It was 4 A.M. in the morning, when he suddenly woke me up. We had arrived!

WHATTTTTT?!! It is still dark out there!

I found myself standing on a deserted road below a single street light at the bus stop of what looked like a very small town. There were a couple of people sleeping outside the deserted shops, dogs were barking and a few other passengers had quickly disappeared into cars or whatever conveyance was waiting for them. While my panic nerves were firing up, I asked my co-passenger how to find the hotel. He explained the way. It was about 300 mtrs away and I could see the road leading up to it. For the sake of brevity, and also because he really was, for the rest of the story, we will call this guy ‘Hero’.

Within next 2 minutes, I was really scared as I could suddenly realize all that can go wrong going further. A little too late, but yes, now I was thinking about it. What if the hotel doesn’t have a night desk? What if I do not have a reservation? What if the hotel is not safe? What if someone jumps on me in the dark before I reach the hotel? What if… While I was numb, thinking of all that could possibly go wrong, I heard Hero’s voice.

Hero: When are you going back to Bangalore?

Anu: Ummm.. Sunday night.

Hero: Oh cool, me too. Which bus?

Anu: Actually I do not have a reservation yet. I will find out tomorrow.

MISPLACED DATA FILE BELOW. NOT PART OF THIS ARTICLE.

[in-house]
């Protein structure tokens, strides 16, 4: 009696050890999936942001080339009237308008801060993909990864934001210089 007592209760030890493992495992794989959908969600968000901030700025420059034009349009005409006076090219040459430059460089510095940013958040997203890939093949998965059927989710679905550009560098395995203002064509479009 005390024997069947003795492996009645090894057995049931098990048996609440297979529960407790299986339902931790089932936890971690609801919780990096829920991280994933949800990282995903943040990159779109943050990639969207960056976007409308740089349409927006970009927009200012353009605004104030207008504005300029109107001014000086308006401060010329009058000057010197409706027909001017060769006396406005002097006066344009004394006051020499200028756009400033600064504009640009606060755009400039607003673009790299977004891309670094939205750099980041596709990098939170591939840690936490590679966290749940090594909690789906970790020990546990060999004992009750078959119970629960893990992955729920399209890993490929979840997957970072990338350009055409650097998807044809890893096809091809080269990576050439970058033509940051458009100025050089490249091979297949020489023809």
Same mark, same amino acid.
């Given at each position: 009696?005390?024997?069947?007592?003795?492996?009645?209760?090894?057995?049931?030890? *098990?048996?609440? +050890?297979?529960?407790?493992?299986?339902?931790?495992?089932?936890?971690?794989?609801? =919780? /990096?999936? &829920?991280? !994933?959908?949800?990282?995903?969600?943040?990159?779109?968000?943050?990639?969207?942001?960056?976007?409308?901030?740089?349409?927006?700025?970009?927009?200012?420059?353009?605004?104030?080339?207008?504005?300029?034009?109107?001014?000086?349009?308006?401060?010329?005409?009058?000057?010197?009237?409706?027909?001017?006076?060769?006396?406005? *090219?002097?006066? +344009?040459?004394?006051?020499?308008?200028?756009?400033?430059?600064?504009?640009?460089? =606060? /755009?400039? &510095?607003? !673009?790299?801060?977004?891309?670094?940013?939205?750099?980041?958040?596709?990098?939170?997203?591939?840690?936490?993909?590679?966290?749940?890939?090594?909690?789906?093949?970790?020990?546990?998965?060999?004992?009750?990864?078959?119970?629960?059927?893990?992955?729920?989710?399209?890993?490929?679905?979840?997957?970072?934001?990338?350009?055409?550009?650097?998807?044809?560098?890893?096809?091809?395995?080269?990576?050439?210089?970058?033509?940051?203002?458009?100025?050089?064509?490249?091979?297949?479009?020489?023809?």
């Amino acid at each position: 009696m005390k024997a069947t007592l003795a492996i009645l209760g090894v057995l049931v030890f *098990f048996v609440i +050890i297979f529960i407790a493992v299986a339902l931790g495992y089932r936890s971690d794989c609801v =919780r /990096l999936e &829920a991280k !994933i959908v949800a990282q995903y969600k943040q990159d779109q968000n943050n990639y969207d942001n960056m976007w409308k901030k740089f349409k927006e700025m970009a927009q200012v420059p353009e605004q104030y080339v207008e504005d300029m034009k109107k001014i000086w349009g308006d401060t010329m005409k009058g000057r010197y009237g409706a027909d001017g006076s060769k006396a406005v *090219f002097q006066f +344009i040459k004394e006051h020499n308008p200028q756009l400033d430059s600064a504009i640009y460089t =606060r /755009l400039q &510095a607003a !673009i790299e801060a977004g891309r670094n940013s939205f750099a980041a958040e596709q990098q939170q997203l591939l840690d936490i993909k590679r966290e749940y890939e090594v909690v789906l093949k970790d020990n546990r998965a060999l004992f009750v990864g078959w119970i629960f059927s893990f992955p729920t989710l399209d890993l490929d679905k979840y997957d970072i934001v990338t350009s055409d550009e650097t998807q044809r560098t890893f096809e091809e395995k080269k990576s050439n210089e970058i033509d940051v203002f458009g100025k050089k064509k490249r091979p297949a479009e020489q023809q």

Hero: Oh, you know, it is really difficult to find the reservation this last minute.

Anu: Umm…  (Right now I can’t be bothered about Sunday!)

Hero: Would you like me to help you get a reservation? I would also be looking for one. I can look for both of us.

Anu: Hmm.. okay..

Hero: Give me your number so that I can confirm you about the ticket.

WHAT?!!! As always. Ladki dekhi nahi uska phone number pehle chahiye. Seriously, why the hell do I get caught up in such situations.

Anu: Why don’t you give me your number? If I do not get ticket tomorrow I will give you a call.

Wow! If I was a guy and offered help to someone who would not trust me with her number but was willing to call me back for help, I would be seriously offended. But, at 23, brought up in a gender unequal society, as a girl, being helped was my ‘birth right’. If I am in trouble, ‘good’ men were supposed to protect me, help me, guide me. Be chivalrous. Weird thing is, they usually were!

Hero: Okay cool. Here it is.

Anu: Ok thanks! How will I reach the hotel? (Current situation grabbing my nerves again)

Hero: Just walk down the road. It is so close. You will be fine.

 

He said bye and left. I walked on. He was right, it was quite alright. I reached the hotel quickly. Woke up someone to open the front gate. Woke up another person to check me in and give me my room keys. No one looked at me with leering eyes and threatening looks. They were all too sleepy to care. I slept off too.

Next day I realized Kalpetta was not a tourist place. It was more of a trading station for merchants and businesses. And yes, Hero was correct. There was no seat on the government operated bus back to Bangalore on Sunday. But I was too adventurous to care about it.

To be continued